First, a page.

May 9, 2019
FIRST CREDIT CARD, FIRST CAR, FIRST JOB: There are a lot of stops along the road to adulthood. But one stands out for most 18-to-34-year-olds today: cutting the financial ties that bind them to their parents.
Seventy-five percent of young adults equate adulthood with gaining financial independence from their parents, according to Early Adulthood: The Pursuit of Financial Independence, a new Merrill study conducted in partnership with Age Wave. Yet, amid uneven wages and mounting student debt, reaching that milestone is taking longer than ever.
The study found that 70% of young adults have received financial support from their parents in the past year, and 58% say they couldn’t maintain their current lifestyle without it. See the slideshow below for more findings.
Young adults have opportunities—from technology to advanced education and new career options—that their parents didn’t have. Those, plus more accessible guidance and advice, can help guide their path to financial independence.head of Retirement Client Experience and Communications, Bank of America
Looking past the financial challenges, there is a bright side. “Young adults also have opportunities—from technology to advanced education and new career options—that their parents didn’t have,” says Lisa Margeson, head of Retirement Client Experience and Communications, Bank of America. “Those, plus more accessible guidance and advice, can help guide their path to financial independence.”
Nick Giorgi, an investment strategist at Bank of America Global Wealth & Investment Management, and a participant in the BuzzFeed/Better Money Habits “50 Under 50k” financial boot camp last fall, offers the following tips to help young adults get started.
Set a budget. Apps, calculators and educational materials (all available on your smartphone) can help you track and manage expenses. Giorgi says, “A careful review of spending may reveal ways to comfortably dial back a notch and live just below your means so that you can find the money to save.”
Attack those debts. According to the study, 80% of young adults
carry debt from a variety of sources. Begin to hack away at it by
eliminating debt on high-interest credit cards—then pay off the entire
balance each month. You can whittle down student debt if
you qualify for a repayment plan that bases your monthly bill on your
salary. “That could lower your payments, says Jean Y. Kim-Wall,
managing director and wealth strategist at Merrill’s Strategic Wealth
Advisory Group. But the best solution is still old-fashioned
budgeting. Try to pay more than the minimum due every
Start saving and investing now. Even if retirement seems eons away, it’s important to contribute what you can to your company’s 401(k) plan and potentially even to an individual IRA. Many companies match an employee’s contribution to their 401(k) up to a certain amount—by not putting in at least that amount, you’re leaving money on the table. Starting early gives your savings time to compound and grow. The money goes in before you’ve paid taxes and grows tax-free until you withdraw it in retirement. “This is your government giving you a tax break, so take advantage,” Giorgi says. “And try to resist the temptation to withdraw money from your 401(k) to cover debts or unexpected expenses.”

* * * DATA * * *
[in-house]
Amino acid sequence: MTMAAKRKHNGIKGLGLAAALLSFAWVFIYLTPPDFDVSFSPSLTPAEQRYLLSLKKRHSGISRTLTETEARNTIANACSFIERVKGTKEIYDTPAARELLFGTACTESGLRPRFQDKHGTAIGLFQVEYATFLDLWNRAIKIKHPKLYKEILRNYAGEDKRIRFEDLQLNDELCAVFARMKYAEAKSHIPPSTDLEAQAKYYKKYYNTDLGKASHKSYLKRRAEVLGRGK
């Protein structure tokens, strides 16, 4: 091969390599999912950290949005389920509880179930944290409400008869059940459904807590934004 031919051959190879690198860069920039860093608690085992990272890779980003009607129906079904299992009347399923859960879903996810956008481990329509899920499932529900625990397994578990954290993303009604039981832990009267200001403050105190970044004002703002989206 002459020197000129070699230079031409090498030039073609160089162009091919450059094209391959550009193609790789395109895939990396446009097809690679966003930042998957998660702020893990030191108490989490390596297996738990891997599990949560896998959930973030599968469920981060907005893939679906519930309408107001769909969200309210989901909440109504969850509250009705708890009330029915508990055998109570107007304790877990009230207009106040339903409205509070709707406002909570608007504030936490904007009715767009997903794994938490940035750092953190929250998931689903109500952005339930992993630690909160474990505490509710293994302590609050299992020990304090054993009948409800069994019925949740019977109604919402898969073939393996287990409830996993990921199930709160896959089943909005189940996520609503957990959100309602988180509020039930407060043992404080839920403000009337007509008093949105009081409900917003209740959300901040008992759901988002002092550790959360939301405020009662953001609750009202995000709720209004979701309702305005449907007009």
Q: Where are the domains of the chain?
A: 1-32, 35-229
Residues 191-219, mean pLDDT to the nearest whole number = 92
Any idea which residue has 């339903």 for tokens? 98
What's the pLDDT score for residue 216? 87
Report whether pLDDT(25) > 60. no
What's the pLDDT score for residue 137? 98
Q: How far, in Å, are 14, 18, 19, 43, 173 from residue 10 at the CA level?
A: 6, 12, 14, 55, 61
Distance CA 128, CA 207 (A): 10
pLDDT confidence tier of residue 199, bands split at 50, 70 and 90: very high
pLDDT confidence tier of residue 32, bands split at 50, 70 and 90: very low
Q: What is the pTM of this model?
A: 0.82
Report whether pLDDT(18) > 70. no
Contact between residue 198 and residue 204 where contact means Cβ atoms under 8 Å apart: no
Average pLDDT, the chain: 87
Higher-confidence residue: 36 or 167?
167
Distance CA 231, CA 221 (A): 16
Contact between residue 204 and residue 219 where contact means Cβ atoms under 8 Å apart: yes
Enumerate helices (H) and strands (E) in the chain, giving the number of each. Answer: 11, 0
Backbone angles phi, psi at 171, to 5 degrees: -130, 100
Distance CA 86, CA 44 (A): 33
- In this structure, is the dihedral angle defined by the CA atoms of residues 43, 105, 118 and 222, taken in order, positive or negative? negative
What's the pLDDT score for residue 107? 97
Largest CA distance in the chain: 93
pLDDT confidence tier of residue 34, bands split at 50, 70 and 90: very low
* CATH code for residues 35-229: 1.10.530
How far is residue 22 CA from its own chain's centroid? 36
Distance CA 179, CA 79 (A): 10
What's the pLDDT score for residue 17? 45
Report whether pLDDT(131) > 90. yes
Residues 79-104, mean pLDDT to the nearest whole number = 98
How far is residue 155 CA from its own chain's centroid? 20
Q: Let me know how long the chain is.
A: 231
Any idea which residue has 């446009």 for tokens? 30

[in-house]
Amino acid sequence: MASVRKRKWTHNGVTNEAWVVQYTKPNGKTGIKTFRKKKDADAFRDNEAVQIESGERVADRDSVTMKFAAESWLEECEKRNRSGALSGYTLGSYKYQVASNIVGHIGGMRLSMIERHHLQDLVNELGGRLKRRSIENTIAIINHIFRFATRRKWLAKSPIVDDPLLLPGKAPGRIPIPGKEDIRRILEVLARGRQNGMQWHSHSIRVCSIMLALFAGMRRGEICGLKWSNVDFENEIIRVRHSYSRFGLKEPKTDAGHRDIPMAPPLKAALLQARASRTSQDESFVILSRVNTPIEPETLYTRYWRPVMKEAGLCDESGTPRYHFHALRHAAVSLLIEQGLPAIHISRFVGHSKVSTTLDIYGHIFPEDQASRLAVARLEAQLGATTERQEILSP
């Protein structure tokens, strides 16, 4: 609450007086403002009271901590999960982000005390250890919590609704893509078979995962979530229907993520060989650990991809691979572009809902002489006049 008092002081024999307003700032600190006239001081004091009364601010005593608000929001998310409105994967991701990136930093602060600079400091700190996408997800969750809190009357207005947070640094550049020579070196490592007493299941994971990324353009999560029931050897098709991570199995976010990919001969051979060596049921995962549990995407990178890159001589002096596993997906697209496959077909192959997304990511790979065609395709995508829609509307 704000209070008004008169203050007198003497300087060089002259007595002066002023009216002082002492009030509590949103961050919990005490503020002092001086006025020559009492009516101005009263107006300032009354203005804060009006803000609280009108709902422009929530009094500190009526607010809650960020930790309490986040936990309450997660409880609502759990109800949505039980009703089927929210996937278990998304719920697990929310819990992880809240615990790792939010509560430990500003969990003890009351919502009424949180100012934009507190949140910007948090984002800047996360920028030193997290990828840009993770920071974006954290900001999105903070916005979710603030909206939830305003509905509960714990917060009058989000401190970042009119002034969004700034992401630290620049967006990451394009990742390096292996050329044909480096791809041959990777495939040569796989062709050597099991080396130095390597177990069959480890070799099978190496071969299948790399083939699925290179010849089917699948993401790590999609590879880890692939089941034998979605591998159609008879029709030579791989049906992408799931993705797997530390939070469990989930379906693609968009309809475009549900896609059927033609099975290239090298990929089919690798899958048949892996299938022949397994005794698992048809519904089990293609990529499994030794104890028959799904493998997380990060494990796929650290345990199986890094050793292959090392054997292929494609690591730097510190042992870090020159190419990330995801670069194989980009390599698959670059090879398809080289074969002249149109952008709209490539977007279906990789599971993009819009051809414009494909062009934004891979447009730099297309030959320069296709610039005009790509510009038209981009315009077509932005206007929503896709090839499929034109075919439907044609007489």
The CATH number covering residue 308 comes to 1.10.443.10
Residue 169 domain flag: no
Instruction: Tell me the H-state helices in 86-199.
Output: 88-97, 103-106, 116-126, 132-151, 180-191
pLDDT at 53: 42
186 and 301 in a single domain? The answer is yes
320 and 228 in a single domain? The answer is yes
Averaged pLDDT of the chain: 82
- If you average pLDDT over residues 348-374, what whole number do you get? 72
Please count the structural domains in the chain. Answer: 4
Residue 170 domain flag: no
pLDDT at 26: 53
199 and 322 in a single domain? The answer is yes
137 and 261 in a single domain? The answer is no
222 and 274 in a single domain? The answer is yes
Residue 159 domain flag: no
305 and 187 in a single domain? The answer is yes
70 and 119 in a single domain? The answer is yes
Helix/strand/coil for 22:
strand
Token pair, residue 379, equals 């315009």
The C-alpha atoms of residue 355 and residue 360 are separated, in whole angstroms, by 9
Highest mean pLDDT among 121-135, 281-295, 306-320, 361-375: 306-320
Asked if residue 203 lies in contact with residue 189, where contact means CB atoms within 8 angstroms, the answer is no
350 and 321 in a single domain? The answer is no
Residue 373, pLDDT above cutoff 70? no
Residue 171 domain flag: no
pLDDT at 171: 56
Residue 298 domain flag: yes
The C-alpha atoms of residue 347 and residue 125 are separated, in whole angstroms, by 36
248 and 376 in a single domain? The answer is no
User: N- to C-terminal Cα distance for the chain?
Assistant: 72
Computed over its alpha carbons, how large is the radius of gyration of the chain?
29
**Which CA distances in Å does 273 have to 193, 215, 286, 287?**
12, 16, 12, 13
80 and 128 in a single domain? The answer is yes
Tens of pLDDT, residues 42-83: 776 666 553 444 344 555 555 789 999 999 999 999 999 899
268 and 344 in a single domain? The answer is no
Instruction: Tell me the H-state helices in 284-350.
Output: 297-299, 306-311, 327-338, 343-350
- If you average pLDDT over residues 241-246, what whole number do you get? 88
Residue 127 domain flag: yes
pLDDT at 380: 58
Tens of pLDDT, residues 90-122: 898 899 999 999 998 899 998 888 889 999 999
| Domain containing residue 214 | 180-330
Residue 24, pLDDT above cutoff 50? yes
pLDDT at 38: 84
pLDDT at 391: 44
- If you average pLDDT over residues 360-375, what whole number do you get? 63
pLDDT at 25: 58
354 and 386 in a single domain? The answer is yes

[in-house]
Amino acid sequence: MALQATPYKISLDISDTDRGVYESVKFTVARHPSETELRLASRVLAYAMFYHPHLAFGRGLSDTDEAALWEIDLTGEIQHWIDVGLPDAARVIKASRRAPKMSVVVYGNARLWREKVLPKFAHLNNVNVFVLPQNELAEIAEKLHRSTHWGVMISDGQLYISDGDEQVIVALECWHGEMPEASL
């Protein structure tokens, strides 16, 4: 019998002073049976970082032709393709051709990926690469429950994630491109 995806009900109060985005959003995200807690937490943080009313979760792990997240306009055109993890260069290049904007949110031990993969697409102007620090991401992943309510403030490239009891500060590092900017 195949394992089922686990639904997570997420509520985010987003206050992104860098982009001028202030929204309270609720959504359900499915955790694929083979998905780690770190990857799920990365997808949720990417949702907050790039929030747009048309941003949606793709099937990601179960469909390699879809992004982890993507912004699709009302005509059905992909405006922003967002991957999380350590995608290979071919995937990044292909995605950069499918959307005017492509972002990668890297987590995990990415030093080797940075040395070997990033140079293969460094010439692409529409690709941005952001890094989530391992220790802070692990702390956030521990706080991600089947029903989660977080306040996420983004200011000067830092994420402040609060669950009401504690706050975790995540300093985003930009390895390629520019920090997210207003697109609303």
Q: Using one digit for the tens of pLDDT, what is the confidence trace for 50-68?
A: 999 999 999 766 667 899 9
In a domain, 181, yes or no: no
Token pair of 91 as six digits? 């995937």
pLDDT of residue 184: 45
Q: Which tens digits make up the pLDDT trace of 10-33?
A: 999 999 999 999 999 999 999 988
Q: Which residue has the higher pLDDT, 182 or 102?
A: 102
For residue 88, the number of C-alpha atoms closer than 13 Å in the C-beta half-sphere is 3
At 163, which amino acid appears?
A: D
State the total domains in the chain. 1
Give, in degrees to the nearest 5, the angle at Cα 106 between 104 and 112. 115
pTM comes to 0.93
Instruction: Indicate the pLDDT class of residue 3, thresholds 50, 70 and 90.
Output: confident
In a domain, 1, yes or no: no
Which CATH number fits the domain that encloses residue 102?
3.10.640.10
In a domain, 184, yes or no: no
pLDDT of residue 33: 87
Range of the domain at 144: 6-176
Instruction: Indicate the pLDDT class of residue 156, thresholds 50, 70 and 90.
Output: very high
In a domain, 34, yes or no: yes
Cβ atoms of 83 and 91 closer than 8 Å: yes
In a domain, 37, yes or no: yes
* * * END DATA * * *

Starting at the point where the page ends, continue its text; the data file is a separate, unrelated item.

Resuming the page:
A careful review of spending may reveal ways to comfortably dial back a notch and live just below your means so that you can find the money to save.investment strategist, Bank of America Global Wealth & Investment Management
The majority of parents (83%) who provide support say they want to help their children get ahead. But being over-generous can potentially endanger your own security in retirement, putting your children in the position where they may need to support you as you age. Setting boundaries could help you—and them.
Protect your own finances.
“As much as you want to help your kids, time is on their side, not yours,” Giorgi notes. “While they have decades to recover from a market downturn, you might need to keep saving until the moment you retire.” Borrowing from savings or pausing contributions to help your kids could jeopardize your own financial independence.
Set transparent rules. The help you offer will depend on your personal resources and values, and there’s no one right approach. But consistent rules and expectations are a must. “My parents were very clear about their own financial situation and what I should and should not expect,” Giorgi says. “These conversations weren’t always easy, but they were really helpful.”
Source: Age Wave and Merrill, Early Adulthood: The Pursuit of Financial Independence, 2019
Age Wave is not affiliated with Bank of America Corporation
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